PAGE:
EIR says that during Obama’s recent Asia tour, PNoy insisted that the US denounce China as an aggressor in the South China Sea. EIR then cites PNoy’s recent speech calling on the Armed Forces to prepare for external challenges, not just internal ones. At the same time it sees more US warships being dispatched to the area close to the Spratlys.
Is President Obama the cartilege that has stiffened PNoy’s back and made him believe he could take over the entire government without provoking resistance or hostility? Supported by the US, PNoy could be tempted to believe he could do anything without risking his office. After all, the Filipino poor have remained docile until now, the remnants of the communist left that were a threat to Marcos are now his allies, the elite look only after their own, and the Americans will go after any dictator anywhere, except when he is their own.
Still history is full of strongmen whom the US had coddled for years and then dumped as soon as they were no longer useful to them. PNoy would do well to learn from their experience, including from his own father’s. Ninoy himself may have narrated his own story to his wife and children.
In 1957, during the so-called Permesta revolt in Indonesia, Ninoy undertook secret operations for the CIA, according to the book “Subversion as Foreign Policy” by Audrey Kahin and George Mc T Kahin, quoting the late Senator Jose Wright Diokno as its source.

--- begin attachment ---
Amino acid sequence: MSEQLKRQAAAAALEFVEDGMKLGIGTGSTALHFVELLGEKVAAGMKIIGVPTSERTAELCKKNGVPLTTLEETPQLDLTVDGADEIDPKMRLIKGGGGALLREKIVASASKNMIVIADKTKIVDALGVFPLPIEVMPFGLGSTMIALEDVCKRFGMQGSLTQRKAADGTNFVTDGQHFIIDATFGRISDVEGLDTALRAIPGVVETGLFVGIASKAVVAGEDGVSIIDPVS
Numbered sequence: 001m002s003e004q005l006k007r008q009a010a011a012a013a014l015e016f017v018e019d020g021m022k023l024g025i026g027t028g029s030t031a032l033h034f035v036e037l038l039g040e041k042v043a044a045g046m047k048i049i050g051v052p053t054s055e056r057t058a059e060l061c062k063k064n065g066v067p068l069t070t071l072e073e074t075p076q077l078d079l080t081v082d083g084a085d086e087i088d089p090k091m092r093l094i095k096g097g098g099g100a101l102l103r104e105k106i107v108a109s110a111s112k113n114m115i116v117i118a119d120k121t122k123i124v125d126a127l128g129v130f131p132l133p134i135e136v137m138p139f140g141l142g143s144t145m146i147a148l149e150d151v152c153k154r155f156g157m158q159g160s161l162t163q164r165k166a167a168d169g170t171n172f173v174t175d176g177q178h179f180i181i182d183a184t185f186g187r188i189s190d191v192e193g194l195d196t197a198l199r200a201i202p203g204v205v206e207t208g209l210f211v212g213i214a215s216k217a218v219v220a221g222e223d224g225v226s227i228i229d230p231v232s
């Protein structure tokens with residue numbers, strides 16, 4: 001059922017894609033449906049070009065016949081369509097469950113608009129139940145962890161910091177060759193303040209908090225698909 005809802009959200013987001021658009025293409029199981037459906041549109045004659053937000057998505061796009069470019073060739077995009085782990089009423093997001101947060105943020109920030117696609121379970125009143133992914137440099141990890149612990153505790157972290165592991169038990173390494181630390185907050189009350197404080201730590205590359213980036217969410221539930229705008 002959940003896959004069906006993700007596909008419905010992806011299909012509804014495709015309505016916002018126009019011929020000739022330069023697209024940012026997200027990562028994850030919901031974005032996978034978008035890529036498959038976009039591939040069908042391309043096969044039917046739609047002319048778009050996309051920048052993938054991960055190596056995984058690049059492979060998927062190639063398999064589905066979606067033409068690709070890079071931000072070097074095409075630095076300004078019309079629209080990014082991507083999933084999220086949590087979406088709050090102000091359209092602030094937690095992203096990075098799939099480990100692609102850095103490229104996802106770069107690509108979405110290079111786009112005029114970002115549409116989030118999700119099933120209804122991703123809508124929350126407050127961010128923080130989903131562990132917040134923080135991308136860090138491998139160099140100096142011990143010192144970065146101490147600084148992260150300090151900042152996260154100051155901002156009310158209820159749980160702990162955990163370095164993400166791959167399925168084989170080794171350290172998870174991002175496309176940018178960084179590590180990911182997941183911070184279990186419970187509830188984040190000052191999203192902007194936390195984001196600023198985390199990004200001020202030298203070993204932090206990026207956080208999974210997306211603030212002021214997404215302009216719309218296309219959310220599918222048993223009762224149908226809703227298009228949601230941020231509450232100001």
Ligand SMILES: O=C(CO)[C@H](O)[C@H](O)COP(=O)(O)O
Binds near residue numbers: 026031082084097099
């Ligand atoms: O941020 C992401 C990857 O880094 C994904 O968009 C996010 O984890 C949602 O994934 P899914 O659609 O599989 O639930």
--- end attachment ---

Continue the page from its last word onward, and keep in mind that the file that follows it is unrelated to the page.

According to that story, Ninoy set up a clandestine radio station in Indonesia for the rebels, shipped them guns from a third country, and opened up Hacienda Luisita as a training ground for the rebel pilots. But when the Americans saw they could not topple President Sukarno, they promptly pulled out without telling Ninoy, leaving him in the dark and holding the proverbial empty bag.
It is not known how that affected Ninoy’s relations with the CIA. But in 1978, when Ninoy ran from his detention cell for the interim Batasang Pambansa, then Defense Secretary (now Senate president) Juan Ponce Enrile accused him of being a CIA agent. He did not deny it. His only reply was that he worked “with the CIA”, but “not for the CIA.” And nothing more was heard about it.
Twenty-eight years after Ninoy’s assassination, and no mastermind has been identified, conspiracy theorists have started saying that NInoy was terminally ill when he came home from Boston in 1983, and had agreed to be sacrificed in a foreign intelligence operation specifically intended to bring down Marcos, make Cory president, and restore the primacy of US interests in the Philippines.
I do not buy that theory. But others may. PNoy has to intervene. He has to unlock the mystery about his father’s death, to end all speculation, once and for all. But he must, at the outset, make an irrevocable commitment to our constitutional democracy, respect the separation of powers, act more the statesman he is supposed to be, and make his countrymen, not any power or principality, the sovereign masters in their own country.